The FDA reviewed “results from a clinical trial of 111 patients treated with AspireAssist and appropriate lifestyle therapy, and 60 control patients who received only the lifestyle therapy.”
AspireAssist patients lost an average of 12.1 percent of their total body weight over a year period, compared to 3.6 percent for the control patients, the FDA said. Both groups of patients experienced “small improvements” in obesity-related conditions like diabetes, which could be “attributable to lifestyle therapy” such as nutrition.
“The AspireAssist approach helps provide effective control of calorie absorption, which is a key principle of weight management therapy,” said William Maisel, M.D., M.P.H., deputy director for science and chief scientist in the FDA’s Center for Devices and Radiological Health.
However, Maisel also indicated that the device should not be relied on as a catch-all treatment for weight management and that patients should incorporate other measures such as healthier eating.
“Patients need to be regularly monitored by their health care provider and should follow a lifestyle program to help them develop healthier eating habits and reduce their calorie intake,” he said.
Frequent medical care visits are necessary as there a number of side effects and risks associated with AspireAssist.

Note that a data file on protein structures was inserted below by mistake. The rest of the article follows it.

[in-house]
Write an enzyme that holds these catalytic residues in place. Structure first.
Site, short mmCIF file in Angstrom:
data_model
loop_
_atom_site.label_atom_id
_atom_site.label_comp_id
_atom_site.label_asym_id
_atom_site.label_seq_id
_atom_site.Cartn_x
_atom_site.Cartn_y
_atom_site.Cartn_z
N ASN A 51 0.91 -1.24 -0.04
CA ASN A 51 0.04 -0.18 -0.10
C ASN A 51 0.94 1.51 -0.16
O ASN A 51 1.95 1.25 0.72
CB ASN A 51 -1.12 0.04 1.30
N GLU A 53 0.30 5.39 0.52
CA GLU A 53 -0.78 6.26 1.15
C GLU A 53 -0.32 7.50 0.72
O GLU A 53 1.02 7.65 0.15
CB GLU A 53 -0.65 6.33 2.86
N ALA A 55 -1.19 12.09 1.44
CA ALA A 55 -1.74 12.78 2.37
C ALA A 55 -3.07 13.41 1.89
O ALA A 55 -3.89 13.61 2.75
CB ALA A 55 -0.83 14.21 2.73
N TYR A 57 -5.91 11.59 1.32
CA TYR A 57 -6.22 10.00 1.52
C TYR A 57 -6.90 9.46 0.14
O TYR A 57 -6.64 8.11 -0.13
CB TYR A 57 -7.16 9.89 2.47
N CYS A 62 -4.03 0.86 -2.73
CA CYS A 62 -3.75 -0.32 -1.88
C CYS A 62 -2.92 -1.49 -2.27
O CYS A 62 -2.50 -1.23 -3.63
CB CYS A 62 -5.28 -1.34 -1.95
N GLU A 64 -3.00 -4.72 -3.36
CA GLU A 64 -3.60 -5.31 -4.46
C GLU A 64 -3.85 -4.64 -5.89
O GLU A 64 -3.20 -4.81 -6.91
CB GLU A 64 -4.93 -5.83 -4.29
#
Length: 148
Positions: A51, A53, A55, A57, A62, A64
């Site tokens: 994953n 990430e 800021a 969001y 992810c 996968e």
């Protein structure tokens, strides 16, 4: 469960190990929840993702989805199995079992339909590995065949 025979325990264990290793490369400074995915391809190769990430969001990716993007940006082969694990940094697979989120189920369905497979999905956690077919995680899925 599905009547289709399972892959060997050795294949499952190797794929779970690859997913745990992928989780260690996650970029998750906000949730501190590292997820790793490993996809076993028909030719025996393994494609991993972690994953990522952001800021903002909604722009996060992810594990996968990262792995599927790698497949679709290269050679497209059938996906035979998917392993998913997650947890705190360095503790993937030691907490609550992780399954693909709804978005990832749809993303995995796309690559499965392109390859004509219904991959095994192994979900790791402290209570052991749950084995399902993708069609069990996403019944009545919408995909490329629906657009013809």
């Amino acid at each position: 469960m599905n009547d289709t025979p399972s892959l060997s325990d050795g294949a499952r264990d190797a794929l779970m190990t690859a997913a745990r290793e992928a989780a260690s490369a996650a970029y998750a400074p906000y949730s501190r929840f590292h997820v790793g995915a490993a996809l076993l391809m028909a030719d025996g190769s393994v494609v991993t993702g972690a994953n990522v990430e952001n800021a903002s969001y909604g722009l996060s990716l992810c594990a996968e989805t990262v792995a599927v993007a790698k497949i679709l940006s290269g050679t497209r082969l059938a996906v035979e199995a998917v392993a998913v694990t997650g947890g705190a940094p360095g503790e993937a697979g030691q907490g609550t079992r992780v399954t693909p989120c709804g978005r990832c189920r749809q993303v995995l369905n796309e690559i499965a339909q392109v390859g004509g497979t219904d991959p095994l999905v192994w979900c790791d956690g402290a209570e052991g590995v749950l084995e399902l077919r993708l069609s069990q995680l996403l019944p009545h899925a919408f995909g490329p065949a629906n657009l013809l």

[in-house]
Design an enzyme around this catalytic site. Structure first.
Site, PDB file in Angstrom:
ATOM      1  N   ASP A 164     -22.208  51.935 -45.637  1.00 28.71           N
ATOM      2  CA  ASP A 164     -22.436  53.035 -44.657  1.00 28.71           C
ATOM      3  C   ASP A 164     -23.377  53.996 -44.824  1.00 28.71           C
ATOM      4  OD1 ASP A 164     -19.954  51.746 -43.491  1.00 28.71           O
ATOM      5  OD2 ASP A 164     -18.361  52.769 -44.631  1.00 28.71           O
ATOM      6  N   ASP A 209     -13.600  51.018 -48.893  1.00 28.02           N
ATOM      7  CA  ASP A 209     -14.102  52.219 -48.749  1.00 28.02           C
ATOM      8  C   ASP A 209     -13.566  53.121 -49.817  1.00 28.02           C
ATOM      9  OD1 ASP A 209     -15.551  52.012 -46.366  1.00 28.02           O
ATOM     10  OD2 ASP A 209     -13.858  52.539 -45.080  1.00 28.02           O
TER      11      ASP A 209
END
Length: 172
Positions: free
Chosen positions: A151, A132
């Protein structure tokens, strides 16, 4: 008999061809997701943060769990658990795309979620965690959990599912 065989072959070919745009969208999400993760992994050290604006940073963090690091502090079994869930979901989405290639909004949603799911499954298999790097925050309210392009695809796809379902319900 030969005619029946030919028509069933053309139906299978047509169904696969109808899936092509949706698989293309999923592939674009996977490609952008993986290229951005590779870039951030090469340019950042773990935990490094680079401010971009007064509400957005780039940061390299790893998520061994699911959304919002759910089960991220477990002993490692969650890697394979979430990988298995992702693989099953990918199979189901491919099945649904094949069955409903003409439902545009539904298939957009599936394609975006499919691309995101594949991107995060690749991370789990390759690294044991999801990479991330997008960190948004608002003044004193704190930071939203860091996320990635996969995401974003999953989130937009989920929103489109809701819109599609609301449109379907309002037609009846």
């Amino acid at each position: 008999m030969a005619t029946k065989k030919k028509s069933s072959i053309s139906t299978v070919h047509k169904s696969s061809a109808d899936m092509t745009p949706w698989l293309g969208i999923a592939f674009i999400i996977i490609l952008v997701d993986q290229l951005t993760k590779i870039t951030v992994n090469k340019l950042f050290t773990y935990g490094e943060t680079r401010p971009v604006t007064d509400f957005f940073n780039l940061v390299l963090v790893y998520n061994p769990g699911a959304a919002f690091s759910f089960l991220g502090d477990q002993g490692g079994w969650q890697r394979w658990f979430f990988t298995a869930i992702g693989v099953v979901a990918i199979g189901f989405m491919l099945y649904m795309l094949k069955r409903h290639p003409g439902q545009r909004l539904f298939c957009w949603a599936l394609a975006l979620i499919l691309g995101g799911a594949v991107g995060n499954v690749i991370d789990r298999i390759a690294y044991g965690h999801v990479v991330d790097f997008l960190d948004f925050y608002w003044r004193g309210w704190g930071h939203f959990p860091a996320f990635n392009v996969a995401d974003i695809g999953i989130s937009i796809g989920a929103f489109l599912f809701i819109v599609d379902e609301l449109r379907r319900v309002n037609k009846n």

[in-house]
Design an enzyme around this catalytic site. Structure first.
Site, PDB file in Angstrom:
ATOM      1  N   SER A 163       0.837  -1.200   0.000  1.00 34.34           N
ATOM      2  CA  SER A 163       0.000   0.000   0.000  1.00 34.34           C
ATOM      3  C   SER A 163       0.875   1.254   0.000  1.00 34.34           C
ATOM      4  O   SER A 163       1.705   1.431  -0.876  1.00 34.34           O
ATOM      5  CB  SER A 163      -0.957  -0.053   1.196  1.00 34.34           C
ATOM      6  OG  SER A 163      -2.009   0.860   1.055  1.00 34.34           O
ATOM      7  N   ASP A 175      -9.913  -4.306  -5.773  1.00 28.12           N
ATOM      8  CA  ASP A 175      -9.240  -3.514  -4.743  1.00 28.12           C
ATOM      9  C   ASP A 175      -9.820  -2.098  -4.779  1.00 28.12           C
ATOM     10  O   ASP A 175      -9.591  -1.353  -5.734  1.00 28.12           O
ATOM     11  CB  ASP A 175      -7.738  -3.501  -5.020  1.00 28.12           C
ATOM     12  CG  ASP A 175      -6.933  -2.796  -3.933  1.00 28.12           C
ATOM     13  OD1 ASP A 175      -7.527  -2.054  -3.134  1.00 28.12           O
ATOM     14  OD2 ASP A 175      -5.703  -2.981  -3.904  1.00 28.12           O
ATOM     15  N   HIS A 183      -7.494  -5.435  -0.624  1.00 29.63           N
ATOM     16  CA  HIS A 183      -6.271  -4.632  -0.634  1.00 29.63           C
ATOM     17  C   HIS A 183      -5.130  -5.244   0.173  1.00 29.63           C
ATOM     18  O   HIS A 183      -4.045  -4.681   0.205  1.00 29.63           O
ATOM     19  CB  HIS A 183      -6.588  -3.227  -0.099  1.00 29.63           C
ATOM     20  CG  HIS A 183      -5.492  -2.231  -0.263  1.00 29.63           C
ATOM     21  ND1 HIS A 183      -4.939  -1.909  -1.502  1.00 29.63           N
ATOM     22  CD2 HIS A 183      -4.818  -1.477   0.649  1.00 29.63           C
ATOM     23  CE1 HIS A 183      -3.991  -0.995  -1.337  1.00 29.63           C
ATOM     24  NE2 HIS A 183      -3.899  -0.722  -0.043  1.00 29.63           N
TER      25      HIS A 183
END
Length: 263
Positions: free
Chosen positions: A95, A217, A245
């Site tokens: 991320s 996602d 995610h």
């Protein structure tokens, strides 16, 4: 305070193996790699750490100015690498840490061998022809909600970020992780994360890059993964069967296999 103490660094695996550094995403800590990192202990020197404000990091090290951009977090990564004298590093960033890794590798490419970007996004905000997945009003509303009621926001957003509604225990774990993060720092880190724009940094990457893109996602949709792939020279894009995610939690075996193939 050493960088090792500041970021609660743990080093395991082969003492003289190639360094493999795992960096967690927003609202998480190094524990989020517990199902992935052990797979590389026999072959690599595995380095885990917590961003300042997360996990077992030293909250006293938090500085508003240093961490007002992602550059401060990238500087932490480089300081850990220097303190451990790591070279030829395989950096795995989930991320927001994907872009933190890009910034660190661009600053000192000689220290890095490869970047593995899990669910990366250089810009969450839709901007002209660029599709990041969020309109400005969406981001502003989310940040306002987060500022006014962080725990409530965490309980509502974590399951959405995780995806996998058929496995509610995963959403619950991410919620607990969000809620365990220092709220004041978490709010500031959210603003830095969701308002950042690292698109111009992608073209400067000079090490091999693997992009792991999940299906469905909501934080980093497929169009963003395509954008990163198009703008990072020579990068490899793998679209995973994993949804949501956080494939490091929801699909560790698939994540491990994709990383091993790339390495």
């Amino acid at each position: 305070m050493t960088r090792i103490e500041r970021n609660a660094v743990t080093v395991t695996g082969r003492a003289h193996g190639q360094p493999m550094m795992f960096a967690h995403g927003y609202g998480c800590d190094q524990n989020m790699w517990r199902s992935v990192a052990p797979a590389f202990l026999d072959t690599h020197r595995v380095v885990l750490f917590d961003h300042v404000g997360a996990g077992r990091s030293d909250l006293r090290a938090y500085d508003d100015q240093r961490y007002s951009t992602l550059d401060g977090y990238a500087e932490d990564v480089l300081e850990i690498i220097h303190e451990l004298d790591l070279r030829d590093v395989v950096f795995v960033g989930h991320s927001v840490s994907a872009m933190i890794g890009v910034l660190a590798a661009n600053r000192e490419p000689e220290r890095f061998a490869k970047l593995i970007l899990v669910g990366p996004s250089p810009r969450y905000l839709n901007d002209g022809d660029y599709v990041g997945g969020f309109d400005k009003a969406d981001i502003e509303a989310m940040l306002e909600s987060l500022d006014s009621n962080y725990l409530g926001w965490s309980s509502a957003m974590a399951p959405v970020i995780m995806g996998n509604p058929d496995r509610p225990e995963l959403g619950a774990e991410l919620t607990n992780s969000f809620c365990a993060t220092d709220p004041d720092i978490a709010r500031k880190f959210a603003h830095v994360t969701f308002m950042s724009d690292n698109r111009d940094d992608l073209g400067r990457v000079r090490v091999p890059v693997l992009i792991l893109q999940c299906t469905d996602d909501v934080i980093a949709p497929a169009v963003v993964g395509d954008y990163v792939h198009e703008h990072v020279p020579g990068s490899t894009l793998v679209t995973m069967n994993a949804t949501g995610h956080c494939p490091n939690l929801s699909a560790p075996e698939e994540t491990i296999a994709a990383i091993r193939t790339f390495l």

Some of the greater risks associated with the surgical placement of the gastric tube are pneumonia, unintended puncture of the stomach or intestinal wall, and even death.
There are also risks related to the abdominal opening for the port valve and the removal of the device.
A number of nutritional experts have blasted the new weight loss alternative, with some calling it “assisted bulimia.”
“I heard about this device about a year or two ago at one of our meetings and I was shocked. It’s like giving someone bulimia, basically, you can just vomit out this tube,” Dr. Sajani Shah, gastric band surgeon at Tufts Medical Center, told CBS News.
Dr. Shelby Sullivan of Washington University in St. Louis, who helped test the medical devices disputed this criticism, telling NBC News: “There is no such thing as medical bulimia or assisted bulimia.”
“People think patients can eat whatever they want and then aspirate it and that’s just not true. It has to be liquid enough and the particles have to be small enough to get through the tube.“